South Carolina’s appellate court rules mention reply briefs but don’t define their purpose other than to explain that it is “in reply to the brief of Respondent.” Rule 208(a)(3), SCACR. The reply brief gives the party bringing the appeal (the Appellant in the Court of Appeals; the Petitioner in the Supreme Court) one last chance to makes its argument. There is one major constraint in a reply brief that does not exist in the initial brief: it must “reply” to Respondent’s brief.

At a most basic level, this means one cannot raise issues in a reply brief that were not raised in the Respondent’s brief. A reply brief is not the venue for raising issues one inadvertently omitted from the initial brief. Nor is it a method to bolster arguments made in the initial brief that are not addressed in the Respondent’s brief. The obvious purpose of a reply brief is to reply to Respondent’s brief with the goal of undermining Respondent’s argument.

Take for example a custody appeal in which Respondent’s brief argues the family court did not abuse its discretion in deciding custody because the Appellant was less involved in the child’s day-to-day care. In reply Appellant could cite evidence in the record that he or she was more involved in the child’s day-to-day care. This essentially challenges the factual argument of the Respondent. Appellant could also reply that he or she should be awarded custody despite the Respondent handling more day-to-day care by citing evidence in the record that would overcome this adverse fact. Again, this is a factual argument. Appellant could reply that an “abuse of discretion” standard of review is too narrow legally. This essentially challenges the legal argument of the Respondent. However the argument that Appellant should get custody because Respondent is unfit would be inappropriate in this reply brief because it is not replying to Respondent’s argument.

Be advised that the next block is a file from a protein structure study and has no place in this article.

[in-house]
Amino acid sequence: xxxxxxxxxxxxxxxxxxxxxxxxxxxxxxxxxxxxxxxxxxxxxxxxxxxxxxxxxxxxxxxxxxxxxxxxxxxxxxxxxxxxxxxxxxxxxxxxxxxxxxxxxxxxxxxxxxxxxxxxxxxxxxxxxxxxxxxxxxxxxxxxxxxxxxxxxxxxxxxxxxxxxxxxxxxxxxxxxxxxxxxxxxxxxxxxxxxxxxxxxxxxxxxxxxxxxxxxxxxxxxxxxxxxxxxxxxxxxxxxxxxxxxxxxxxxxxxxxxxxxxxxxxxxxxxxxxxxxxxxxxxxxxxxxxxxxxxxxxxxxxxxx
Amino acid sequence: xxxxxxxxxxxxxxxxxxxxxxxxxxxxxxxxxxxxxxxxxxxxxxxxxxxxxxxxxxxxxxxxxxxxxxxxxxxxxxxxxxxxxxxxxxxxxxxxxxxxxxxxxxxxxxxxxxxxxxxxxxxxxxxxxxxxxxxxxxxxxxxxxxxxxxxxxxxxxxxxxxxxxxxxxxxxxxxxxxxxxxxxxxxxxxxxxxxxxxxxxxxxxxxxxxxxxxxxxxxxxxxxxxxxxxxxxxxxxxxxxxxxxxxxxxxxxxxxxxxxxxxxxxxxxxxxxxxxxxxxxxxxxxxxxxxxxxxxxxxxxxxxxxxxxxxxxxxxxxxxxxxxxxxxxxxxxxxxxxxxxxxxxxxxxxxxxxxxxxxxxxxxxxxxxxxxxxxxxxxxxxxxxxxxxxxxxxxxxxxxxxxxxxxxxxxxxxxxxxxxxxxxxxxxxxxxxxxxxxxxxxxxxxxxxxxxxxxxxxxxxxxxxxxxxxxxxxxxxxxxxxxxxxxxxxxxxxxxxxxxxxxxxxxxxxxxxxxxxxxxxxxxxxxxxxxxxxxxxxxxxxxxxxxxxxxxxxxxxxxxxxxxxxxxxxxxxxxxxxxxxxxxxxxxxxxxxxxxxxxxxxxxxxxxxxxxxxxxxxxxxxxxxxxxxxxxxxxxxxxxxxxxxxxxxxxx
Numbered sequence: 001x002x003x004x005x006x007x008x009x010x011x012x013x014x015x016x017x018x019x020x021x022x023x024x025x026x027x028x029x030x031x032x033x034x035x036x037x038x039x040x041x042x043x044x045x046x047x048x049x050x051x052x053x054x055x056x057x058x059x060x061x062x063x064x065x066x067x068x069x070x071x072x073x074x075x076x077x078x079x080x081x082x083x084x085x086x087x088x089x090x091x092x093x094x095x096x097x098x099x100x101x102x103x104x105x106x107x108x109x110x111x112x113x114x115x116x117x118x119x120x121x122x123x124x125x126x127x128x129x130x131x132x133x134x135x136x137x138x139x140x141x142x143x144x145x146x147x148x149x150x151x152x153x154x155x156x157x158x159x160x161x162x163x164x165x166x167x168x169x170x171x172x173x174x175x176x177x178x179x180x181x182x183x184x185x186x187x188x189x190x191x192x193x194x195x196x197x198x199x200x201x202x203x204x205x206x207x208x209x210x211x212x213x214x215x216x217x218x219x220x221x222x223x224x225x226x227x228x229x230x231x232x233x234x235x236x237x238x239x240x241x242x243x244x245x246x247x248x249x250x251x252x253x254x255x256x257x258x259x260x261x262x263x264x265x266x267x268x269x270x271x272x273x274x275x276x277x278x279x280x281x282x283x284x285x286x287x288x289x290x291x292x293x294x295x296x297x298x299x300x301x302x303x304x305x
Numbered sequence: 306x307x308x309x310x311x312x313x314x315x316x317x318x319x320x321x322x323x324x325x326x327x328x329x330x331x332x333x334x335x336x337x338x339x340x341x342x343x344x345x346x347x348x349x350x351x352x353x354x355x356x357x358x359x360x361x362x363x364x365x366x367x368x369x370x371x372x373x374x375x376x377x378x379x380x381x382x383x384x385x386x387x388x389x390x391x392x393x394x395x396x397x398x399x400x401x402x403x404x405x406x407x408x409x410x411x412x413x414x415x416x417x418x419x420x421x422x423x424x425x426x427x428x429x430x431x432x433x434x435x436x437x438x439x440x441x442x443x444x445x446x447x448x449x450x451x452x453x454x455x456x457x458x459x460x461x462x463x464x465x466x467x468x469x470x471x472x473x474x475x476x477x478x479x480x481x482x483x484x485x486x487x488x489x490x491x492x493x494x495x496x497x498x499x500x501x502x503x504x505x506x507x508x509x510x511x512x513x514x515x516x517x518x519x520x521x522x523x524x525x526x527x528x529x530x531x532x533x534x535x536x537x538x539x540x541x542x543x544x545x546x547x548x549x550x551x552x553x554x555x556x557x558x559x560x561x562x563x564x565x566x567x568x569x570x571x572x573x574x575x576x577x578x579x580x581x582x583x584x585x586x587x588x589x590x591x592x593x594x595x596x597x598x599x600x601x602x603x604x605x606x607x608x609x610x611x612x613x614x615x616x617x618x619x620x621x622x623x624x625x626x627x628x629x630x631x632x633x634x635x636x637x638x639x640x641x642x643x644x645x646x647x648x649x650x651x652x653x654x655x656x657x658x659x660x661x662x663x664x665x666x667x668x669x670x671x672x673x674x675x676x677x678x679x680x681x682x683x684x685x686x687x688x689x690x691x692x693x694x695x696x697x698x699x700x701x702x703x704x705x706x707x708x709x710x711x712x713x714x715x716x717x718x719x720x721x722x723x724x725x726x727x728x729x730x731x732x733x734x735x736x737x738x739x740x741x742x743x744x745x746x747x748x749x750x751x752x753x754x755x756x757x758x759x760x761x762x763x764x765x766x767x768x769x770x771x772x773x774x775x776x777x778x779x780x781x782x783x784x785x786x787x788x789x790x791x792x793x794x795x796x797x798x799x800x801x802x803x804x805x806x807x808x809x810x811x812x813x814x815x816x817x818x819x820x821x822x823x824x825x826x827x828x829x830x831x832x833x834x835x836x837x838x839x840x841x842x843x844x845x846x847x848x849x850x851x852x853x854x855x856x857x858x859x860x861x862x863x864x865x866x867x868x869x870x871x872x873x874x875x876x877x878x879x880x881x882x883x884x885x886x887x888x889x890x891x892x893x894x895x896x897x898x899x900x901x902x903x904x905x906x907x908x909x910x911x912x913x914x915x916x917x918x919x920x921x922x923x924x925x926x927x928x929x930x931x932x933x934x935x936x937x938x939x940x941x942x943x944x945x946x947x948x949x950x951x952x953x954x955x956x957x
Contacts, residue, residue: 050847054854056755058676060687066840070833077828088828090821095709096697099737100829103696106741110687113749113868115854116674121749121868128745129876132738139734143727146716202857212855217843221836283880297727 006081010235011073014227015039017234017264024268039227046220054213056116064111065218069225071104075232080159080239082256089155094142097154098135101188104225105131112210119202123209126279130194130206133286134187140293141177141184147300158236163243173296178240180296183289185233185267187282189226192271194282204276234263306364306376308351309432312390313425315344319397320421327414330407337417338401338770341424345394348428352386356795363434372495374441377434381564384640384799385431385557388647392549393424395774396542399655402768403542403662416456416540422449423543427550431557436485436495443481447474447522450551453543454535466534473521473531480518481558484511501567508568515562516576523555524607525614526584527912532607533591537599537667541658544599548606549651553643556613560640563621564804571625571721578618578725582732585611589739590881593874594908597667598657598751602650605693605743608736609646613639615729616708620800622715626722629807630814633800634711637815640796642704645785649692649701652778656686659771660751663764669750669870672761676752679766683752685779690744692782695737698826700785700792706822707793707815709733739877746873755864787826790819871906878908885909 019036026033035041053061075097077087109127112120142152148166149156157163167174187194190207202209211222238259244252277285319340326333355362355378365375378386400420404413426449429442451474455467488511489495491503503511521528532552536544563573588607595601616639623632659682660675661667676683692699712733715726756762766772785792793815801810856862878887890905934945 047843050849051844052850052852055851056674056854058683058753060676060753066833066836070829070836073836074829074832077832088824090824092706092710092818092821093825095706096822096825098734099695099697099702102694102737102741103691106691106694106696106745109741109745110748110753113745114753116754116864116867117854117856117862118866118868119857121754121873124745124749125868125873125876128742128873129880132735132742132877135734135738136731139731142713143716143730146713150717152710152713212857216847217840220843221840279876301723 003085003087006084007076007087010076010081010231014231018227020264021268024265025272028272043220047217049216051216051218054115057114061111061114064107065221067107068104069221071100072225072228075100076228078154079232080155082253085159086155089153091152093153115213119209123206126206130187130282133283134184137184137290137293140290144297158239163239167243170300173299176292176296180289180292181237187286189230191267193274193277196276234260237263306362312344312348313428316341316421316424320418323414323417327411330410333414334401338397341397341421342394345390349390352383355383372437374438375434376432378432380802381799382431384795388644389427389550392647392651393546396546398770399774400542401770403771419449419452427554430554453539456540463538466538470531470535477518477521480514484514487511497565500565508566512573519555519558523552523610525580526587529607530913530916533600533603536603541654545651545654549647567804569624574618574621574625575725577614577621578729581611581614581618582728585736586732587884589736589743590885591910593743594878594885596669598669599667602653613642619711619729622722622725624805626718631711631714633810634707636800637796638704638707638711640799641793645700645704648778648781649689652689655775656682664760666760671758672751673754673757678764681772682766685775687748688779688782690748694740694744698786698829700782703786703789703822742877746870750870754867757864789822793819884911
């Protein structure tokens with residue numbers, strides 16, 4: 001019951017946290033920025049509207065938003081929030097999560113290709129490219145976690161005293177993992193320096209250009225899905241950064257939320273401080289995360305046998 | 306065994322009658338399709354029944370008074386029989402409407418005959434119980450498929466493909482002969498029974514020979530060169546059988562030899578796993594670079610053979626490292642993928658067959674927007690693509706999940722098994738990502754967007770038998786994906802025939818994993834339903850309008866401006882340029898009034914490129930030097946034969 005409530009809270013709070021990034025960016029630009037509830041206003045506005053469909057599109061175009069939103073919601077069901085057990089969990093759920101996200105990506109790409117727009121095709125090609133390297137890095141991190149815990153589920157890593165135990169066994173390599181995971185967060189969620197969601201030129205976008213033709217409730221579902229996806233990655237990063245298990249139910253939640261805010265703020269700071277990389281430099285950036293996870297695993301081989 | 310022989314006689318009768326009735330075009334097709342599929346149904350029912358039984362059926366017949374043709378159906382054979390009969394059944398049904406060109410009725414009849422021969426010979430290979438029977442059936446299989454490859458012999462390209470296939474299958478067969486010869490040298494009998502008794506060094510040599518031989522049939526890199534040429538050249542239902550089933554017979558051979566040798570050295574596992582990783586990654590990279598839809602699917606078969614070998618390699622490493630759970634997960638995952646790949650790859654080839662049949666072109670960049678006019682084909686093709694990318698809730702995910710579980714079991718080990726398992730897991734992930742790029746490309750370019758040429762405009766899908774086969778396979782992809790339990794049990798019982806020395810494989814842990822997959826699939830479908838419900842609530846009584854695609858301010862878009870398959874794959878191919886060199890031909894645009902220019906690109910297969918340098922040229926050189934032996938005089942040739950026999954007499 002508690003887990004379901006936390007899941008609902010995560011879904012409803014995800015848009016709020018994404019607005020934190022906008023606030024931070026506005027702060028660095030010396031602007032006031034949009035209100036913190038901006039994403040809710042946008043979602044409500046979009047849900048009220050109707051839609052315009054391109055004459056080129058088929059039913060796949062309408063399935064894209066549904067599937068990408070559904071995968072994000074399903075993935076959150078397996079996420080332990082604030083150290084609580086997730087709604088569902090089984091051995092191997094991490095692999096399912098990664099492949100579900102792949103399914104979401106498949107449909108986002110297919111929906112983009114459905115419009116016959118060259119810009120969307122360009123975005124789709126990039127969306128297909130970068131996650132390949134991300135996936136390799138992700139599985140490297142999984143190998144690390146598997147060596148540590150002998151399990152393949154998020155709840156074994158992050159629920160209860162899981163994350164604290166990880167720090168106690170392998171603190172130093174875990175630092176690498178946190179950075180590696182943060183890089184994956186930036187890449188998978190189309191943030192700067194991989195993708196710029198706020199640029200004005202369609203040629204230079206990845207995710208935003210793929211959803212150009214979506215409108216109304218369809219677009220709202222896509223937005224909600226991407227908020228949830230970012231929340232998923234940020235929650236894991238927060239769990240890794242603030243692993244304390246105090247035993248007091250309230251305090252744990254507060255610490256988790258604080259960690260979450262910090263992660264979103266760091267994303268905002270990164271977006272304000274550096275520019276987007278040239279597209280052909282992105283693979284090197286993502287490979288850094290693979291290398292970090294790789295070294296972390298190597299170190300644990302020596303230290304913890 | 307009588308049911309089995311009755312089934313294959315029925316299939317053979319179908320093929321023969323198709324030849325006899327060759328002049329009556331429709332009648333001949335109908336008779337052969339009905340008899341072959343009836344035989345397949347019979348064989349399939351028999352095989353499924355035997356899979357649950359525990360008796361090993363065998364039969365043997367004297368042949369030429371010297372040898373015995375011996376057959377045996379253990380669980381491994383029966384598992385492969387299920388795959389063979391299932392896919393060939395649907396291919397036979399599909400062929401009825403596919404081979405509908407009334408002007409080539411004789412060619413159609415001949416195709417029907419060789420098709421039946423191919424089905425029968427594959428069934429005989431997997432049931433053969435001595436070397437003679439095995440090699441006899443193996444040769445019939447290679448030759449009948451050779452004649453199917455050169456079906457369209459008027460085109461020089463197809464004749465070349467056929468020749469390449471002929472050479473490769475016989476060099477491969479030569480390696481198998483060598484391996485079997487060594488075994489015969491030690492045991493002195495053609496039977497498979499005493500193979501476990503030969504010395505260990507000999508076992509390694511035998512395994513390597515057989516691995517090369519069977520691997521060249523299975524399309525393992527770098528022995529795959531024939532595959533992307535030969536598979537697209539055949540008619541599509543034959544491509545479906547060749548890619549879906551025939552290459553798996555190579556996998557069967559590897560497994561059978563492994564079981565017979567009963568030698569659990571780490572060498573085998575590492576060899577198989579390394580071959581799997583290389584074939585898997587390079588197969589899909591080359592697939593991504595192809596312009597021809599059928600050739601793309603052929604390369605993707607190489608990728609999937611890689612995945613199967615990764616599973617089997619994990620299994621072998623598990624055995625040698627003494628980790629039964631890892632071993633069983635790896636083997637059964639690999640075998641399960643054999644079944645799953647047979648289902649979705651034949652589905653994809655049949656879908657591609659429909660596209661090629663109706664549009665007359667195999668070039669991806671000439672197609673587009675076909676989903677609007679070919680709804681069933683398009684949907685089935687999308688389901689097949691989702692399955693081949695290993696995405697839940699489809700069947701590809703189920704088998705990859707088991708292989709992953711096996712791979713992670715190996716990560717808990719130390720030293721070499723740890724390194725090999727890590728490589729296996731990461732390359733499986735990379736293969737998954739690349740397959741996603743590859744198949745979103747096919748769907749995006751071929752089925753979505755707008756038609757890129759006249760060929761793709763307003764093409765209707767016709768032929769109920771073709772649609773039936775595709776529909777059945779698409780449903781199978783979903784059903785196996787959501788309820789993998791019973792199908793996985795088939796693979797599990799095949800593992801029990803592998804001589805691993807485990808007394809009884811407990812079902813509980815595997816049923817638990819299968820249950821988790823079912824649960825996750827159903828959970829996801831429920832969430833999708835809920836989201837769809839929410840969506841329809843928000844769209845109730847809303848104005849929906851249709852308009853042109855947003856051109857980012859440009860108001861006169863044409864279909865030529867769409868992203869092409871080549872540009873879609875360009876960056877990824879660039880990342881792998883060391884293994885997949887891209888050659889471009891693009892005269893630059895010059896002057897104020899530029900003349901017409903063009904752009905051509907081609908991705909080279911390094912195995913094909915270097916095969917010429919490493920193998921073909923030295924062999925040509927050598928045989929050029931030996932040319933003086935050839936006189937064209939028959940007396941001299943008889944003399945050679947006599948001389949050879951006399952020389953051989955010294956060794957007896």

The easiest way to organize a reply brief is to make a separate argument for each factual or legal assertion in Respondent’s brief that one is challenging and simply begin each argument by stating where and what the Respondent’s brief argues and then explain why that argument is factually or legally incorrect.

In drafting reply briefs there is a tension between restating arguments from the initial brief to counter factual assertions in the Respondent’s brief and boring the appellate court with redundant arguments. I assume the appellate court will read my initial brief so I try to limit restating factual arguments from the initial brief unless they are necessary to reply to Respondent’s brief. Further a reply brief doesn’t need to counter every argument Respondent makes. For example, in any custody appeal, Respondent can likely make factual arguments supporting his or her claim for custody. If Respondent’s factual and legal arguments are accurate, there is no compelling reason to “reply” to them. Doing so may merely highlight Respondent’s strengths.

Only if Respondent makes an argument that Appellant’s initial brief did not address and Appellant can cite legal authority or evidence in the record to undermine the argument, should Appellant reply to it. It is a mistake to reply to every argument Respondent makes. A reply brief shouldn’t merely argue with Respondent’s brief. Rather, it should undermine the factual and legal assertions Respondent makes in support of the lower court’s decision. That is the sole useful purpose of a reply brief.

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